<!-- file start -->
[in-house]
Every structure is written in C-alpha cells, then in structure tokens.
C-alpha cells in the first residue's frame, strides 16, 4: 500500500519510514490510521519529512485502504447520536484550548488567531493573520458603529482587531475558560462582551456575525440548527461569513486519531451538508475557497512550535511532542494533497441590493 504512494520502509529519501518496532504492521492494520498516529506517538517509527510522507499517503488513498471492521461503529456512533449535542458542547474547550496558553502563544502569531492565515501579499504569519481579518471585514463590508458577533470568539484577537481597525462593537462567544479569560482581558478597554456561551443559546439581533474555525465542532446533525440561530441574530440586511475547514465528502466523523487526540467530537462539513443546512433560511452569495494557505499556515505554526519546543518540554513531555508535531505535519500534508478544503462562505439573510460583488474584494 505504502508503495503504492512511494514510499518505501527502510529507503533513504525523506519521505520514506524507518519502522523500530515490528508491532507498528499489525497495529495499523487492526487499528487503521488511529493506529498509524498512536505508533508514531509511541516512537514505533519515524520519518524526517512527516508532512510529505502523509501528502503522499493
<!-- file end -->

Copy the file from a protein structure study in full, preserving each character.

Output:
[in-house]
Every structure is written in C-alpha cells, then in structure tokens.
C-alpha cells in the first residue's frame, strides 16, 4: 500500500519510514490510521519529512485502504447520536484550548488567531493573520458603529482587531475558560462582551456575525440548527461569513486519531451538508475557497512550535511532542494533497441590493 504512494520502509529519501518496532504492521492494520498516529506517538517509527510522507499517503488513498471492521461503529456512533449535542458542547474547550496558553502563544502569531492565515501579499504569519481579518471585514463590508458577533470568539484577537481597525462593537462567544479569560482581558478597554456561551443559546439581533474555525465542532446533525440561530441574530440586511475547514465528502466523523487526540467530537462539513443546512433560511452569495494557505499556515505554526519546543518540554513531555508535531505535519500534508478544503462562505439573510460583488474584494 505504502508503495503504492512511494514510499518505501527502510529507503533513504525523506519521505520514506524507518519502522523500530515490528508491532507498528499489525497495529495499523487492526487499528487503521488511529493506529498509524498512536505508533508514531509511541516512537514505533519515524520519518524526517512527516508532512510529505502523509501528502503522499493